To Those Who Say They ‘Get’ My Autism Because They Know Someone on the Spectrum

“If you’ve met one person with autism, you’ve met one person with autism.”

I’m not sure if people don’t understand that phrase very well, or if it’s quickly forgotten.

Each and every single person on this planet is different. Where you find people with similarities, you’ll find those people also have massive differences. Between your interests, the foods you eat, your health, family, schooling, religion, parenting styles, ambition — there are so many things you could potentially have in common or not in common with another person.

And that’s a good thing! It’s what makes this world amazing! It’s what keeps life from getting boring. It’s what helps inspire others.

It’s the same with autism. We are not all the same, and it’s ridiculous to think that we are. We may have similar characteristics, have something in common — but besides being on the spectrum, we may have absolutely nothing else in common.

Some people on the spectrum might have the ability to talk, and others need help communicating. Some might have severe anxiety. Or have severe sensory issues, where even soft clothing with no tags can feel like sand paper against their skin. Another may need deep pressure, or to constantly feel textures because their body says they need it in order to feel OK.

So my child on the spectrum may be completely opposite of someone else’s child on the spectrum. Which is OK! That’s life. But we shouldn’t shame others or say ugly things to people because what we imagine autism to be isn’t the case for someone else.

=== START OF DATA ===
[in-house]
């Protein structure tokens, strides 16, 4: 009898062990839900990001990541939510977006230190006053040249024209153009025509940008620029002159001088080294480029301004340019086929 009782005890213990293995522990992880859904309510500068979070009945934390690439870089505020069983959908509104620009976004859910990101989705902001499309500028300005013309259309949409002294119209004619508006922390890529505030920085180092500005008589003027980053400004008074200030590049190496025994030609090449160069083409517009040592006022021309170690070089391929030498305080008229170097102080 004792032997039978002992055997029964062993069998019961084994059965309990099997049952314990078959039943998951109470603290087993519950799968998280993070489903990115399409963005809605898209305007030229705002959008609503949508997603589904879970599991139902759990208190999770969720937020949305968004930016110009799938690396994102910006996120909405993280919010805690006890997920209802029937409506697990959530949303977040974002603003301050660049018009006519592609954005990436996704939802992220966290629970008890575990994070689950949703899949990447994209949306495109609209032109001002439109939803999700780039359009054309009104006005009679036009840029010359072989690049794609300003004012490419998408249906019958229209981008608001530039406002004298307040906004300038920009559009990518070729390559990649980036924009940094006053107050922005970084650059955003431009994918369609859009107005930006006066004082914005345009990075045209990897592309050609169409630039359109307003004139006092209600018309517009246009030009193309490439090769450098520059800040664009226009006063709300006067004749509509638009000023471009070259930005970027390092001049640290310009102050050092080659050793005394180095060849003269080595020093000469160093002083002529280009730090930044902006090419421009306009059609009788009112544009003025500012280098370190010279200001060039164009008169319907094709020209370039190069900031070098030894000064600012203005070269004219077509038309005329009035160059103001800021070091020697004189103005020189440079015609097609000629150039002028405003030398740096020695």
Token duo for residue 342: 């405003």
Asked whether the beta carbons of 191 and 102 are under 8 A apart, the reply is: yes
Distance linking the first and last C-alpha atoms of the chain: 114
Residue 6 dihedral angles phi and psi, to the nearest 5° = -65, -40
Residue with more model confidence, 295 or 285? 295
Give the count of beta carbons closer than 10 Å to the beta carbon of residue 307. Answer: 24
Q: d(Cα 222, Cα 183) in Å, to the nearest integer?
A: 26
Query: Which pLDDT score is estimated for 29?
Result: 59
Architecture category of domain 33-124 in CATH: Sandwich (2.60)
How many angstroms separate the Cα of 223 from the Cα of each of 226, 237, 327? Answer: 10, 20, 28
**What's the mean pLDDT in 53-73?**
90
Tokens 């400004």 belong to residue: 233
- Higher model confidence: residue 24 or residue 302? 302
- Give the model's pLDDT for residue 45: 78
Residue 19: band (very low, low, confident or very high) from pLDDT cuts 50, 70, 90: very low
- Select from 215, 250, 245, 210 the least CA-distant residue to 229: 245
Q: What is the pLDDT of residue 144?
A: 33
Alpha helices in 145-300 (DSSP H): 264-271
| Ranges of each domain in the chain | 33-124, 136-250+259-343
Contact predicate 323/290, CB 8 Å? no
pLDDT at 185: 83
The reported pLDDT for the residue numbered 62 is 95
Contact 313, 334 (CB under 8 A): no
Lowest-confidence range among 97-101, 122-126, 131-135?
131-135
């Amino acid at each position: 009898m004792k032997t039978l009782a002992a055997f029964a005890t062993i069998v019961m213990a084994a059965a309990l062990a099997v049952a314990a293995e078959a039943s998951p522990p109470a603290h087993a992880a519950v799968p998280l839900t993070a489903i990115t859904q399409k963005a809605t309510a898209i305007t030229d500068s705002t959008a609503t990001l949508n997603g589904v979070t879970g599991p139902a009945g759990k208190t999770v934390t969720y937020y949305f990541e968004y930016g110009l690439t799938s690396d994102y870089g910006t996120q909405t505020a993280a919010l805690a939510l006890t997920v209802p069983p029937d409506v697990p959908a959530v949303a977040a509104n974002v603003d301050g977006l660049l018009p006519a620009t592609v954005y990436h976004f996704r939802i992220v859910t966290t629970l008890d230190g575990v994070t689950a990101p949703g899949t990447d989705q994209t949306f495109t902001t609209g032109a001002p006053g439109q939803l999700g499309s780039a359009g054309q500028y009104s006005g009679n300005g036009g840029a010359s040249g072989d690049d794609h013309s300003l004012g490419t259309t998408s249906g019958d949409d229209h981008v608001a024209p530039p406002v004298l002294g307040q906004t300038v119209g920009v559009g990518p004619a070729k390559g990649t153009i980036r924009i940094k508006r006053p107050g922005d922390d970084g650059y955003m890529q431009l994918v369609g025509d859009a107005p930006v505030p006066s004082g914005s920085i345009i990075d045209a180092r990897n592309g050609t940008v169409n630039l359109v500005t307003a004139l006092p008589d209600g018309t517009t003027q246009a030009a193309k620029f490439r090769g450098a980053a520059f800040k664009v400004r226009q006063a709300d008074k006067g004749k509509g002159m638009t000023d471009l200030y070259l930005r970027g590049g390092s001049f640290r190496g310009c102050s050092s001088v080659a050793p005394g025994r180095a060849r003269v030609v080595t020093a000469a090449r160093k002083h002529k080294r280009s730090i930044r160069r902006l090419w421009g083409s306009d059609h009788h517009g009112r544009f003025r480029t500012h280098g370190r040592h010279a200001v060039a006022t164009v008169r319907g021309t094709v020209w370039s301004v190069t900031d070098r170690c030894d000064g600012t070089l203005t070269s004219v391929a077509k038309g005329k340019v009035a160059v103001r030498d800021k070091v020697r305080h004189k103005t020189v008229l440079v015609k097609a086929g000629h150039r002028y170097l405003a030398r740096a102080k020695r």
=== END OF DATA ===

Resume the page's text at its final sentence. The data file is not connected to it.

Everyone’s experience with autism can be unique.

And while I appreciate people trying to understand autism and be more aware, your cousin’s friend’s brother who has autism probably isn’t going to end up being the same as me or my kids who are on the spectrum. So you might not “get it.” It’s really about the wording we’re using.

But you know what you can say?

“My cousin’s friend’s brother has autism, and I think that’s pretty cool. He’s a really great kid. What’s autism like for you? I’d like to learn more.”

I don’t know too many people who would turn down the opportunity to raise some awareness and share a bit about themselves or their children.

Lastly, for those who feel the need to compare and contrast people and kids on the spectrum and then belittle others for disagreeing or having a different experience, the rule applies to you, too.

Stop comparing. It’s fun to find similarities, but stop disputing the differences. Everyone is different.

If you’ve met one person on this earth — you’ve met one person on this earth.

The Mighty is asking the following: Tell us one thing your loved ones might not know about your experience with disability, disease or mental illness. What would you say to teach them? If you’d like to participate, please send a blog post to [email protected] Please include a photo for the piece, a photo of yourself and 1-2 sentence bio. Check out our Submit a Story page for more about our submission guidelines.

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